Home News ‘I’m in a very lucky position’: I will receive a $300,000 inheritance. Should I pay off my mortgage or invest the money?

‘I’m in a very lucky position’: I will receive a $300,000 inheritance. Should I pay off my mortgage or invest the money?

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I currently owe $300,000 on a home with a 2.5% 30 year mortgage. I have exhausted my retirement accounts (IRA and 401(k)) and am aiming to retire within 10 years. You will receive an inheritance of at least $300,000 so you can pay off the house.

I am in a very lucky position. Should I pay it off or invest the money?


dear landlord

Paying off your mortgage early, especially at the 2.5% interest rate, can save you considerable interest. Millions of homeowners would kill at that rate.

Of course, luck is often involved. Let’s take a moment. Currently, the interest rate on a 30-year mortgage is over 5.5% for him. The consumer price index rose 8.5% year-on-year in July, while the much-watched ‘core’ measure of inflation (excluding volatile food and energy) hovered at 5.9%. With an interest rate of 2.5%, you’re already making money just by living.

As colleague Aarti Swaminathan put it: “While the prices of cars, gas, electricity, and other expenses are rising, their homeowners will find that inflation will also increase the value of their homes. Yet their mortgage rates are not inflation-adjusted.” , remains the same, which means they are paying the same interest rate as before inflation.”

overpayment A few If possible, interest payments are higher, especially early in the life of the loan. Depending on the terms of the mortgage, the amount of overpayment may be limited (10% in some cases) and there may be penalties for overpayment. In your case it might actually be a good thing.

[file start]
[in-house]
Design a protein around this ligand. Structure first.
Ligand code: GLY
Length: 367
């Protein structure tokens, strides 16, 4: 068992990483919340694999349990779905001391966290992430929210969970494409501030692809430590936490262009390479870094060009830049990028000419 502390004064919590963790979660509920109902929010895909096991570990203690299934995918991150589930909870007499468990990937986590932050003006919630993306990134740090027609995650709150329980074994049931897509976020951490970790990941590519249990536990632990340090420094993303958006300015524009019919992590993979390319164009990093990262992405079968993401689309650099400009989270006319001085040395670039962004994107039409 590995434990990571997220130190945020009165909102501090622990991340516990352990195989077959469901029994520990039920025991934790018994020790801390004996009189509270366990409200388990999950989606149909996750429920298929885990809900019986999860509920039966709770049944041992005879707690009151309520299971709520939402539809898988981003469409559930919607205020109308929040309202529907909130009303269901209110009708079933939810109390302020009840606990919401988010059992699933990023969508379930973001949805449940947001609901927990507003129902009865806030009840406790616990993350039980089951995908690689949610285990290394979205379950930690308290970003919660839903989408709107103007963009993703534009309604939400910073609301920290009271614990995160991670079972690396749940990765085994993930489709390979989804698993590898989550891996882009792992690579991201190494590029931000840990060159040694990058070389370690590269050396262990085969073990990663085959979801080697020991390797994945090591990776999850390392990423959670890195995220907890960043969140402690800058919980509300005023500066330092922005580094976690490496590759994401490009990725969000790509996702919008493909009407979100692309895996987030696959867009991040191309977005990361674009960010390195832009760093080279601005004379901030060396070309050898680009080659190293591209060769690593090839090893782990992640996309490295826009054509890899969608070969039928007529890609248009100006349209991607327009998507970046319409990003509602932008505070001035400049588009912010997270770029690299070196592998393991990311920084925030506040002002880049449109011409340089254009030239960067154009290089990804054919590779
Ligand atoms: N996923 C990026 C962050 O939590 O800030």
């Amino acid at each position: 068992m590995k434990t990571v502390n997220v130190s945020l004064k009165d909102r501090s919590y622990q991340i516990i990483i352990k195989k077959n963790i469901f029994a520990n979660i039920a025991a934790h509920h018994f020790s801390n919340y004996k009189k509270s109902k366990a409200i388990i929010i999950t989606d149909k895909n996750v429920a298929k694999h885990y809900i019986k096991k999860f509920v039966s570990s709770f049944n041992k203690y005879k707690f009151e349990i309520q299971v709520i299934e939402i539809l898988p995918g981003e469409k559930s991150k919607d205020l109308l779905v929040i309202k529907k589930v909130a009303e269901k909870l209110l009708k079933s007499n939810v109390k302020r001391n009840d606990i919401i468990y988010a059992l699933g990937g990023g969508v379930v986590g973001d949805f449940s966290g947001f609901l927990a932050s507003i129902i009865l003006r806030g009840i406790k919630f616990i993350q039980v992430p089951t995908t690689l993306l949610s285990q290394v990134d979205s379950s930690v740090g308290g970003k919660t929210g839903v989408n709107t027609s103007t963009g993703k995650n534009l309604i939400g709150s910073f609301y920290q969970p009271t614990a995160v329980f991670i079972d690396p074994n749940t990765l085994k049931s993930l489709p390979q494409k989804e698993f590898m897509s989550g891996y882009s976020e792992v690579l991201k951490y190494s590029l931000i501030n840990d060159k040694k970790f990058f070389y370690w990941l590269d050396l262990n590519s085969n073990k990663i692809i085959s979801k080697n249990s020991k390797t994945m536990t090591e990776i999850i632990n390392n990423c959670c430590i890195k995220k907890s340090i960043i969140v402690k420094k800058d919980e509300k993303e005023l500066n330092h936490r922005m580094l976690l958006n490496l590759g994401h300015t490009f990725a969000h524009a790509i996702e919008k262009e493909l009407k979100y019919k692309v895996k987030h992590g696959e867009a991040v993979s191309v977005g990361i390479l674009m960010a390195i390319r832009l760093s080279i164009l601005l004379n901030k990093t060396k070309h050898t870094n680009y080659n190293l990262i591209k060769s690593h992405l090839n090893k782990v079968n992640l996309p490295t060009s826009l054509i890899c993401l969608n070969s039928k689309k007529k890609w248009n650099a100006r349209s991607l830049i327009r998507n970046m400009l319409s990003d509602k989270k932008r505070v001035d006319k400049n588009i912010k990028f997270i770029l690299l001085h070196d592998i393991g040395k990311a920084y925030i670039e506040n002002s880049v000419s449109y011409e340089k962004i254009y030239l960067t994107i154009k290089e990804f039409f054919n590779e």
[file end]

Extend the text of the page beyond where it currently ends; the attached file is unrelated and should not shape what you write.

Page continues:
With an interest rate of 2.5% and inflation of 8.5%, you’re already making money just by living.

Assuming a healthy 401(k) and IRA, a 6% tax-efficient retirement savings account offsets a 2.5% interest rate, saving you a lot of money. Talk to your financial advisor to make sure you can afford to live comfortably, pay off your mortgage, or downsize.

Speaking of financial advisors, Larry Pong, a financial planner based in Redwood City, Calif., says many people with excess cash face a dilemma, with no right or wrong answer. increase. he agrees with me Rather than paying off his mortgage and actively investing in inheritances, he makes a combination. ”

“Since I have 10 years left in my retirement, I would recommend investing in a moderate mix of 50/50 to 60/40 for stocks and bonds when it comes to inheritance. “This means that there is no difference in individual cash flow and it is possible to pay off the loan in 10 years.”

Continue to make the most of those accounts. “I am assuming you are over 50, so you can put $7,000 into an IRA and $26,000 into a 401(k). I have yet to meet anyone who hoards too much,” Pong added. “I highly recommend that you continue to make the most of your retirement plan so that your retirement is more secure.”

Pon outlines the pros and cons of investing and paying off a mortgage. His strengths are: 1. No more mortgage payments. 2. Debt repayment is a risk-free investment. “At least it saves him $1,200 a month, which means he can put that payment toward savings instead of paying the mortgage.” 3. “This will make retirement safer.” increase.”

Cons: 1. Mortgage rates will probably never be this low. 2. If he invests $300,000 instead of paying off his mortgage, he will take the investment risk. 3. “Even in the current market, we expect a return on investment of 2.5% or more. This is not risk-free or guaranteed, but you can take some risk and get a bigger return.” You can.”

What if I I will pay off the loan I hate debt We spend the first part of our lives desperately trying to get a mortgage and the rest worrying about paying it off. is. Mortgages give you something to look out for besides just another “M” word.

Still, life would be sweeter if the mortgage was paid off. Until the next obsession comes along.

Learn how to shake up your financial routine with Money Festival’s Best New Ideas in New York on September 21st and September 22nd. Join Carrie Schwab, Chairman of the Charles Schwab Foundation.

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